A comprehensive model of the cell cycle was provided by Chen et al. (2000). This model of the budding yeast cycle uses previously developed methods, including the use of differential equations, and draws on the extensive data available. Cell growth is taken into account and a number of model parameters are derived from experimental data. Most importantly, this model is able to reproduce the observed physiology of real cells. In particular, they predict that the cell cycle demonstrates bistability and hysteresis. They propose that the G1-phase and the S/M-phase are the two alternative self-maintaining steady states generated as a result of mutual antagonism between the cyclin-dependent kinases and Sic1 and Hct1 which oppose the enzyme activity. These predictions were tested by Cross et al. (2002) and agreement was found in relation to predicted cyclin and Sic1 inhibitor quantities, and also with regard to the relationship between cell size and Cln3 gene dosage. Although the predictions about the interaction between Cdh1 and the G1 cyclins were found to be inaccurate, the model was capable of reproducing many of the real events of the cell cycle.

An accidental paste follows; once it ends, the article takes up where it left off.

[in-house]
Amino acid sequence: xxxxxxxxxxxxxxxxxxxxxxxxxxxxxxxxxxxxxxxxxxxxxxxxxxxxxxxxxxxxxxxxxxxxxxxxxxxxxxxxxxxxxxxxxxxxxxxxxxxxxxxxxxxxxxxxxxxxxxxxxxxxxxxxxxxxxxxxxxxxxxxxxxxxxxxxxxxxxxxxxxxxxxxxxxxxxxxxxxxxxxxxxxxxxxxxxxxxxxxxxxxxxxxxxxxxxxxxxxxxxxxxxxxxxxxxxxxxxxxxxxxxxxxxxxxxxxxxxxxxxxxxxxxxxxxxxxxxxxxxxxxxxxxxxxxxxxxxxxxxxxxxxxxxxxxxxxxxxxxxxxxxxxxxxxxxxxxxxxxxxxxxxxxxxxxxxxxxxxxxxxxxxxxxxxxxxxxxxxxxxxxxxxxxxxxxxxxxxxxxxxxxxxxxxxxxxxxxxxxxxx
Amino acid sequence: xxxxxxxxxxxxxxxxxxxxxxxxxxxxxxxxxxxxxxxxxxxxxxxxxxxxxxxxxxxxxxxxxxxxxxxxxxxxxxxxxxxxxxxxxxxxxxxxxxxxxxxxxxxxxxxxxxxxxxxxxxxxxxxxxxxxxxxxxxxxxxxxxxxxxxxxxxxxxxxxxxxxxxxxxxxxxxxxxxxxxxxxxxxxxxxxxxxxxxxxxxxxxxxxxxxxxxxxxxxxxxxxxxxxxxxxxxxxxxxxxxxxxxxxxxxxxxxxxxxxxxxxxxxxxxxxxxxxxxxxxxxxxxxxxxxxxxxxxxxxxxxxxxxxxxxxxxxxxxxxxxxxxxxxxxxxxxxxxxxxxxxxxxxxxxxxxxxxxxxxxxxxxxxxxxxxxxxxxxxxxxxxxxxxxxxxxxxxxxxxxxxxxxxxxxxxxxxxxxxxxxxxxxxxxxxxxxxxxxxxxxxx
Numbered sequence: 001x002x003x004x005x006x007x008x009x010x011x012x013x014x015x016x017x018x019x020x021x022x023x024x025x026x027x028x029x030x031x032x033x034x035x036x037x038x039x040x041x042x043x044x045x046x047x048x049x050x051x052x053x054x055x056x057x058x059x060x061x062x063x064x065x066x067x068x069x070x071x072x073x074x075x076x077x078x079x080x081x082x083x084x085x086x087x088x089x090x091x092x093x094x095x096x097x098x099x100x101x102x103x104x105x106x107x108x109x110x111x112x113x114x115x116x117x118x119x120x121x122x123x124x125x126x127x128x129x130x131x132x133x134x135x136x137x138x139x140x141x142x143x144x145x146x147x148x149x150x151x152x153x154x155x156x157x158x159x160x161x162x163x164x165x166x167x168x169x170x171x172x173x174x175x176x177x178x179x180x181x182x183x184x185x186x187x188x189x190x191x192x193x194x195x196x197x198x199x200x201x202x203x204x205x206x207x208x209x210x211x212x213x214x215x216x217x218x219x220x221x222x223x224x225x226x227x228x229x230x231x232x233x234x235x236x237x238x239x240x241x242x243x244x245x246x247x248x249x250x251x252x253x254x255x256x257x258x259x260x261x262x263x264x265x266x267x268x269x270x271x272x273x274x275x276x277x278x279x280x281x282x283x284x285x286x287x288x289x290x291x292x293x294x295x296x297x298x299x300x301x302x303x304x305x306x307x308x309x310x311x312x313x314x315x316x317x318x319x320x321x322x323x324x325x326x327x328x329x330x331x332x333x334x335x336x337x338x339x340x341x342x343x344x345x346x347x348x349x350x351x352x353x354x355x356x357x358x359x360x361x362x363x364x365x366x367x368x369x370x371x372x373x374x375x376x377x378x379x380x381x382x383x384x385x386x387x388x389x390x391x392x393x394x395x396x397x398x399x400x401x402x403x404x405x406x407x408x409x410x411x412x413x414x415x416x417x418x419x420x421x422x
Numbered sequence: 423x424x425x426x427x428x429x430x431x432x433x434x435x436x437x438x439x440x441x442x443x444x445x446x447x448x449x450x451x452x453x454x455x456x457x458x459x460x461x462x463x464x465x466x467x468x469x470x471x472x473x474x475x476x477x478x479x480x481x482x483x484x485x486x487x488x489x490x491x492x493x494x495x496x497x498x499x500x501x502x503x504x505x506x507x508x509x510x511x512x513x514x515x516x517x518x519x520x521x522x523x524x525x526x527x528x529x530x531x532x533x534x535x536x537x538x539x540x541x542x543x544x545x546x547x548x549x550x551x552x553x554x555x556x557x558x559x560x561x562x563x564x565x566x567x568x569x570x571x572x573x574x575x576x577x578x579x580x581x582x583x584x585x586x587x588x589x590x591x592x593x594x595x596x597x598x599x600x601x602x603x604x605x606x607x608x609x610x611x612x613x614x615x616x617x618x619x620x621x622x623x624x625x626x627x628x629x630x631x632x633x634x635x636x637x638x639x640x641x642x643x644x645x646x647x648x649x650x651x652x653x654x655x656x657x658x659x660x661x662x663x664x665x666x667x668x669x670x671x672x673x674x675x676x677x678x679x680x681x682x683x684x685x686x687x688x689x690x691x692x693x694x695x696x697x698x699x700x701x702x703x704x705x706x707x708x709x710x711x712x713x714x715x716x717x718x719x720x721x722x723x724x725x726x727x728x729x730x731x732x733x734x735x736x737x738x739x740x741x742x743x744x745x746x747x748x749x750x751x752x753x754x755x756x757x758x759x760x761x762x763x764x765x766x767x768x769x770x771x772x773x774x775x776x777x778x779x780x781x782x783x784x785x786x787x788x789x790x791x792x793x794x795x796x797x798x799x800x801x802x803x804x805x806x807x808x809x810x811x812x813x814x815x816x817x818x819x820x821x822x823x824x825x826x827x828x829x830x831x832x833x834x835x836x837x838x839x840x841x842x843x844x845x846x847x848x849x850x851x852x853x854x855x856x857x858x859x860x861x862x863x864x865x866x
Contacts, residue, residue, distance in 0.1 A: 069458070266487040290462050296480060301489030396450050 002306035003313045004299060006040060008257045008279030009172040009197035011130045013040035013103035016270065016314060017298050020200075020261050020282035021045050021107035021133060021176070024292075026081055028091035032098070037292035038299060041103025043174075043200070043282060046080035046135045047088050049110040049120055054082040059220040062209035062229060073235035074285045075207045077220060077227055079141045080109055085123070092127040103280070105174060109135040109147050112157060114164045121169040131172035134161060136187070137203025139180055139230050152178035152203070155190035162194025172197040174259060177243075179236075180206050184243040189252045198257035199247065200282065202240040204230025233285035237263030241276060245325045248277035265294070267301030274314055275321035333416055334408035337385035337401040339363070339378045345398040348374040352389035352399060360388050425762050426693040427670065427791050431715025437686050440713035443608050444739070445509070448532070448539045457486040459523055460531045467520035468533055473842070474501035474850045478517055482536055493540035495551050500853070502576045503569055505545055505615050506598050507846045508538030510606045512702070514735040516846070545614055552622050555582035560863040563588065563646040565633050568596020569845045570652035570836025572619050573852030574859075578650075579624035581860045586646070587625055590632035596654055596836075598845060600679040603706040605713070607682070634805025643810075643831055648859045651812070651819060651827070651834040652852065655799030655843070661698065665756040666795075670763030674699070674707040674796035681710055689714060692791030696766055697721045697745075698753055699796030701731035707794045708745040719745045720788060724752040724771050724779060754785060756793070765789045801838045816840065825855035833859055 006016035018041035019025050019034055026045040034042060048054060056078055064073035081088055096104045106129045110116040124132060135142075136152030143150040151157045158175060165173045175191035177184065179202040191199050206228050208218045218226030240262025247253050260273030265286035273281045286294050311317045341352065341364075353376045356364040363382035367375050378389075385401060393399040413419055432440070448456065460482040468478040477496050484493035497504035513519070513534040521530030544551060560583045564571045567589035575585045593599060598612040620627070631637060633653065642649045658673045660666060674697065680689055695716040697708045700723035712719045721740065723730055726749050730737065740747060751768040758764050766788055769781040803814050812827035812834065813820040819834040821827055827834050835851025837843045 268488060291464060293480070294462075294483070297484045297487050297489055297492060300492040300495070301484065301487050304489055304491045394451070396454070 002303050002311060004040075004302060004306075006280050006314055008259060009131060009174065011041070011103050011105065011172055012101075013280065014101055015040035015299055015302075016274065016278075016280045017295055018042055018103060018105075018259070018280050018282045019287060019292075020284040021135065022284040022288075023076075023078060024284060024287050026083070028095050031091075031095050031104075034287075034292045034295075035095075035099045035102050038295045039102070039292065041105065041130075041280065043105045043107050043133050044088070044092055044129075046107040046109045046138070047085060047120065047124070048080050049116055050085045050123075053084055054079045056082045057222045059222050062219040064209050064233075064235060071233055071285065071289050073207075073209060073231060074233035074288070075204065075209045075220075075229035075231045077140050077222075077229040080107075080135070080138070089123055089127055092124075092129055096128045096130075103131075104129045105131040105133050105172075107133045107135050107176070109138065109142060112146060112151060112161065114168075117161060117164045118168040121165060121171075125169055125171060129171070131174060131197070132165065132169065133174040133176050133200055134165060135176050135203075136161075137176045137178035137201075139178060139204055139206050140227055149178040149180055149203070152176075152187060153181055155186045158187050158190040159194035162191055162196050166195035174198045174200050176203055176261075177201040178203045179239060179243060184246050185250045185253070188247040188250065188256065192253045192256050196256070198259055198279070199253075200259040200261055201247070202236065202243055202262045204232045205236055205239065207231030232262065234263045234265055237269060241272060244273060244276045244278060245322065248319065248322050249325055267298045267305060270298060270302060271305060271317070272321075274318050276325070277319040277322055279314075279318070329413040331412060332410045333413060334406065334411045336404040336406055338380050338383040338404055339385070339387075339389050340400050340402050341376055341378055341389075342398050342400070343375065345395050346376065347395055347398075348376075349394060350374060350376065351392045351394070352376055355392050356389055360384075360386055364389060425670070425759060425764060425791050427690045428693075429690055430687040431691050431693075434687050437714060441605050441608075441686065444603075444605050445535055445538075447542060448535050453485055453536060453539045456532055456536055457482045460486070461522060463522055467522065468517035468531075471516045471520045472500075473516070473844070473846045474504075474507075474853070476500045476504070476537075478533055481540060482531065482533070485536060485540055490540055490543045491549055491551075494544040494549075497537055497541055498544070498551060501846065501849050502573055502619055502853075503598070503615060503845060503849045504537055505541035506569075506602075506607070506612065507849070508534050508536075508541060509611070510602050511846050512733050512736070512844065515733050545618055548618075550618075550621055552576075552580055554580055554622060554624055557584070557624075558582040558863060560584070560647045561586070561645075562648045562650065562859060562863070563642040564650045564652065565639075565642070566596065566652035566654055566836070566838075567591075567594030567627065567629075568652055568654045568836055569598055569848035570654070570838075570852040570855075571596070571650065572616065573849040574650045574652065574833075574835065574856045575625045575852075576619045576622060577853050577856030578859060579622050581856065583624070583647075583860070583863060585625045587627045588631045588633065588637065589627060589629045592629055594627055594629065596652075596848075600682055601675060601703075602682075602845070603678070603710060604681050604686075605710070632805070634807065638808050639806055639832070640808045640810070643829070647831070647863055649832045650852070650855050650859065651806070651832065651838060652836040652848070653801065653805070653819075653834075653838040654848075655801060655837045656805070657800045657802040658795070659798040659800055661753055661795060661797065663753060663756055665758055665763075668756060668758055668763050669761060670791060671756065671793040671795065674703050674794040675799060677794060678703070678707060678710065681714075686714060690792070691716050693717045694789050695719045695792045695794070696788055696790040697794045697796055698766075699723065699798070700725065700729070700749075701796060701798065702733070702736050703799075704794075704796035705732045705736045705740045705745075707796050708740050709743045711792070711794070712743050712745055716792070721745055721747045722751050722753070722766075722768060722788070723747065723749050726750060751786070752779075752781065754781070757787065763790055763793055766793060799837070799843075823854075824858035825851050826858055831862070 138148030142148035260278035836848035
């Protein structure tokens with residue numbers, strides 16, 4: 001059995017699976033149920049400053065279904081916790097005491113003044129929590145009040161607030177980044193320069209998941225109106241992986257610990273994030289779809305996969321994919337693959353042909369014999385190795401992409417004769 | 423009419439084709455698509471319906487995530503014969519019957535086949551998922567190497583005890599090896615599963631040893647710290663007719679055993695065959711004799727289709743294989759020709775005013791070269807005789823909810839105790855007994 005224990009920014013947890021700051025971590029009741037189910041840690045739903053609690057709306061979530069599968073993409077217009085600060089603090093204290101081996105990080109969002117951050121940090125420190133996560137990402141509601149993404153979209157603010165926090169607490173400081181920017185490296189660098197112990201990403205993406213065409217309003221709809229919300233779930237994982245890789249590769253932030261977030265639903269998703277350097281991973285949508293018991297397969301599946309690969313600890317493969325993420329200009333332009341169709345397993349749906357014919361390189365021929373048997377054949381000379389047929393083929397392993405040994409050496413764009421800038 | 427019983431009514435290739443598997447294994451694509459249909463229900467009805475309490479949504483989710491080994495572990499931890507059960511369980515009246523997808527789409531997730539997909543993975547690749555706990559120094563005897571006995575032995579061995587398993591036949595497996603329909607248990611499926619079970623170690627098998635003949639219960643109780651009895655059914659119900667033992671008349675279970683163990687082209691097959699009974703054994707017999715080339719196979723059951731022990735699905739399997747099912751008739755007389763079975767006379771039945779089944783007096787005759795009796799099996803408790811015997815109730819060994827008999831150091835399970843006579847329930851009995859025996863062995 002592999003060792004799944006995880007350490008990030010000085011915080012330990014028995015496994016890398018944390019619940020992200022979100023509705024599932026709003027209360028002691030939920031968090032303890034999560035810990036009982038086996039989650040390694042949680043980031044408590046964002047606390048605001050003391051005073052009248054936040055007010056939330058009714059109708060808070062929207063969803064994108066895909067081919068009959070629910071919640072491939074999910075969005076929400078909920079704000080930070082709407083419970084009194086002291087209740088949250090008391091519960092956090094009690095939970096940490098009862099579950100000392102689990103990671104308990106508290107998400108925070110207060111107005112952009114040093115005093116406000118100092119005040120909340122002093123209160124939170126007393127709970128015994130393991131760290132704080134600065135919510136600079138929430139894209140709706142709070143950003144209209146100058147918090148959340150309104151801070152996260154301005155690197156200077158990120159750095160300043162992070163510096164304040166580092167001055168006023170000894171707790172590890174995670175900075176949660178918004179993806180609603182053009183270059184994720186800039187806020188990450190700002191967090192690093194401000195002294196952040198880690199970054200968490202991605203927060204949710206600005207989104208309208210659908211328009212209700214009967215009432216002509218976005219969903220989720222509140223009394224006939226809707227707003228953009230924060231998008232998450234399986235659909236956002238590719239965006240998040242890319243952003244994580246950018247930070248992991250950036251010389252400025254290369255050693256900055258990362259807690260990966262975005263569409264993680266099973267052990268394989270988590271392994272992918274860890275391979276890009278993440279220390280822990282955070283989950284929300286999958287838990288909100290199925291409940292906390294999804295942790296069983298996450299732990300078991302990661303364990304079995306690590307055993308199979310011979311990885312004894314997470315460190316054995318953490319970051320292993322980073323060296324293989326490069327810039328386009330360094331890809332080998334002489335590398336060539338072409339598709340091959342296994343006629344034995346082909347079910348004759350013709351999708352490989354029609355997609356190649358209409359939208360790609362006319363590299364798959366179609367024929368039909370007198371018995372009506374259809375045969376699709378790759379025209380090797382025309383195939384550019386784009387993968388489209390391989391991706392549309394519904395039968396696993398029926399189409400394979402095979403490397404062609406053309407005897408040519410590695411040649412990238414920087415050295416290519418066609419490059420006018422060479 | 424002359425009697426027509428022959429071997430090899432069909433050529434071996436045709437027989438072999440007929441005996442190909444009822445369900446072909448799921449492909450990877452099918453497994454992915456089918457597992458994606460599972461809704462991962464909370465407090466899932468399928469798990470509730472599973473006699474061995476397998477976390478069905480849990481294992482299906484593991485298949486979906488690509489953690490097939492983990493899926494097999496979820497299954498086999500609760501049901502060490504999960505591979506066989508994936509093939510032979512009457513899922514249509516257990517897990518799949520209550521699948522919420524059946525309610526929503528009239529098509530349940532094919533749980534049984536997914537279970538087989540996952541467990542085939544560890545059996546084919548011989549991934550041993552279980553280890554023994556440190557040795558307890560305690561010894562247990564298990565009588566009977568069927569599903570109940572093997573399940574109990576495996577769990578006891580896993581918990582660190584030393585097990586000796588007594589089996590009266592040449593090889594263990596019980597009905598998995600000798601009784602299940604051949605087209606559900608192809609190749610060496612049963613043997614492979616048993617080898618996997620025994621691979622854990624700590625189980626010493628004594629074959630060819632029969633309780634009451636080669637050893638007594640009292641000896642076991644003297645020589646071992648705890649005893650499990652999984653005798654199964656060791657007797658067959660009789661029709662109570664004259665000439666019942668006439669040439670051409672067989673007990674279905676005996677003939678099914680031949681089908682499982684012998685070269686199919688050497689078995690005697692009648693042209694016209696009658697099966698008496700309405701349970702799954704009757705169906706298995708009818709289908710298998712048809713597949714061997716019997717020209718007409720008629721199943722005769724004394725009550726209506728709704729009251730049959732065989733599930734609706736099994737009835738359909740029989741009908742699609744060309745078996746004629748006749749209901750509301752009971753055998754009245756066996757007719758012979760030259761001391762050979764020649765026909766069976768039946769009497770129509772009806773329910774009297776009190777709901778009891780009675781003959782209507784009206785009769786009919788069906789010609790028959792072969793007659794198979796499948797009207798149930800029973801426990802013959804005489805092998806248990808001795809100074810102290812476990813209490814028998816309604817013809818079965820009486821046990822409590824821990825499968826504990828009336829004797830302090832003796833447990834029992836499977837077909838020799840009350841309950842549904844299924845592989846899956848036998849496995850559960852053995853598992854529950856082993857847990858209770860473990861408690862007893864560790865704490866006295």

Sveiczer et al. (2000), building on previous work by Novak et al. (1997, 1999), modelled the fission yeast cell cycle using differential equations and included mass in the equations as a variable controlling the kinetics of the number of proteins involved in the regulation of the cell cycle. The topology of this model includes positive and negative feedback loops leading to the self-activation and deactivation of Cdc2. Positive feedbacks arise from Cdc2 inactivating its negative regulator as well as activating Cdc25, its positive regulator. Negative feedback is due to the reactivation of the negative regulators leading to a reduction in Cdc2 activity. In addition to modelling the cell cycle, the model identified a potential resetting mechanism for the G2/M transition when the positive feedback loops were weak. Sveiczer et al. (2002) followed this work with a stochastic model where the known asymmetry of cell division in fission yeast and differing nuclear volumes at birth were used as the basis for cyclin accumulation. Results accorded well with experimental observations. In the following year, Sveiczer et al. (2003) produced another deterministic model that was able to describe the behaviour of wild-type cells as well as a number of mutants. This model also explained why both Rum1 and Ste9 are essential for blocking cells in G1 when the transcription protein Cdc10 is mutated.